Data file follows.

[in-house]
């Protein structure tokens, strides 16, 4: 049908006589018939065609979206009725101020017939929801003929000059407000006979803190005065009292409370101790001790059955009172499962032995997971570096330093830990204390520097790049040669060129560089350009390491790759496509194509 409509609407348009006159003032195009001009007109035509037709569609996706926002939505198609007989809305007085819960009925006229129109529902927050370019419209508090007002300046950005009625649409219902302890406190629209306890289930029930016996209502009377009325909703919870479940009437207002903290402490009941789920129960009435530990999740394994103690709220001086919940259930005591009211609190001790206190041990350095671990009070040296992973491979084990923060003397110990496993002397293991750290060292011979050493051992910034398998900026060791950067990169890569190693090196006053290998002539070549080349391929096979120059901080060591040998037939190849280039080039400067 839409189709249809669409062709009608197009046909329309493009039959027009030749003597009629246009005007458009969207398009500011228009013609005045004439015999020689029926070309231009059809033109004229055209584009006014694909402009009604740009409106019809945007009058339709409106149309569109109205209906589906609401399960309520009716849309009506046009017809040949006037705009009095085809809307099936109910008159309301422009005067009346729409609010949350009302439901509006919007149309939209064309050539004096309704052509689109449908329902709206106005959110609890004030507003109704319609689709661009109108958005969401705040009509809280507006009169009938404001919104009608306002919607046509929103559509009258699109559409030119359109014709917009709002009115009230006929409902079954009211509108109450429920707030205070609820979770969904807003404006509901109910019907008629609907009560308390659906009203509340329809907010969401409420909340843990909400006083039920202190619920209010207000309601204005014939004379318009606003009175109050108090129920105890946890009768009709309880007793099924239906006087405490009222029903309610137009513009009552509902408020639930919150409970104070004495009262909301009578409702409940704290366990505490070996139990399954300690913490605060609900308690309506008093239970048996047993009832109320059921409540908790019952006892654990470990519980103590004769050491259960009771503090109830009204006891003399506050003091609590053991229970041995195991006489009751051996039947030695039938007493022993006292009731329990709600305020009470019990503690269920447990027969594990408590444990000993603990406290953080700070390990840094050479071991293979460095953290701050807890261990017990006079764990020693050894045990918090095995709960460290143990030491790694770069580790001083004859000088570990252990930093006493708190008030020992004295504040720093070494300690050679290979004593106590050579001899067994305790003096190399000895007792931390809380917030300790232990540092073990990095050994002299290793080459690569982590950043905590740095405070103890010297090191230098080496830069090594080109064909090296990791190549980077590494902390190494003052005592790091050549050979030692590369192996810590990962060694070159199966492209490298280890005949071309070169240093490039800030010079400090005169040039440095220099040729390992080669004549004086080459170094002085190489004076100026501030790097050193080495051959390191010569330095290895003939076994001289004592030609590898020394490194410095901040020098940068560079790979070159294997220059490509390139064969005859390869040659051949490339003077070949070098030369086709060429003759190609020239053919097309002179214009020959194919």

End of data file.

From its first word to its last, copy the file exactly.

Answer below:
[in-house]
């Protein structure tokens, strides 16, 4: 049908006589018939065609979206009725101020017939929801003929000059407000006979803190005065009292409370101790001790059955009172499962032995997971570096330093830990204390520097790049040669060129560089350009390491790759496509194509 409509609407348009006159003032195009001009007109035509037709569609996706926002939505198609007989809305007085819960009925006229129109529902927050370019419209508090007002300046950005009625649409219902302890406190629209306890289930029930016996209502009377009325909703919870479940009437207002903290402490009941789920129960009435530990999740394994103690709220001086919940259930005591009211609190001790206190041990350095671990009070040296992973491979084990923060003397110990496993002397293991750290060292011979050493051992910034398998900026060791950067990169890569190693090196006053290998002539070549080349391929096979120059901080060591040998037939190849280039080039400067 839409189709249809669409062709009608197009046909329309493009039959027009030749003597009629246009005007458009969207398009500011228009013609005045004439015999020689029926070309231009059809033109004229055209584009006014694909402009009604740009409106019809945007009058339709409106149309569109109205209906589906609401399960309520009716849309009506046009017809040949006037705009009095085809809307099936109910008159309301422009005067009346729409609010949350009302439901509006919007149309939209064309050539004096309704052509689109449908329902709206106005959110609890004030507003109704319609689709661009109108958005969401705040009509809280507006009169009938404001919104009608306002919607046509929103559509009258699109559409030119359109014709917009709002009115009230006929409902079954009211509108109450429920707030205070609820979770969904807003404006509901109910019907008629609907009560308390659906009203509340329809907010969401409420909340843990909400006083039920202190619920209010207000309601204005014939004379318009606003009175109050108090129920105890946890009768009709309880007793099924239906006087405490009222029903309610137009513009009552509902408020639930919150409970104070004495009262909301009578409702409940704290366990505490070996139990399954300690913490605060609900308690309506008093239970048996047993009832109320059921409540908790019952006892654990470990519980103590004769050491259960009771503090109830009204006891003399506050003091609590053991229970041995195991006489009751051996039947030695039938007493022993006292009731329990709600305020009470019990503690269920447990027969594990408590444990000993603990406290953080700070390990840094050479071991293979460095953290701050807890261990017990006079764990020693050894045990918090095995709960460290143990030491790694770069580790001083004859000088570990252990930093006493708190008030020992004295504040720093070494300690050679290979004593106590050579001899067994305790003096190399000895007792931390809380917030300790232990540092073990990095050994002299290793080459690569982590950043905590740095405070103890010297090191230098080496830069090594080109064909090296990791190549980077590494902390190494003052005592790091050549050979030692590369192996810590990962060694070159199966492209490298280890005949071309070169240093490039800030010079400090005169040039440095220099040729390992080669004549004086080459170094002085190489004076100026501030790097050193080495051959390191010569330095290895003939076994001289004592030609590898020394490194410095901040020098940068560079790979070159294997220059490509390139064969005859390869040659051949490339003077070949070098030369086709060429003759190609020239053919097309002179214009020959194919």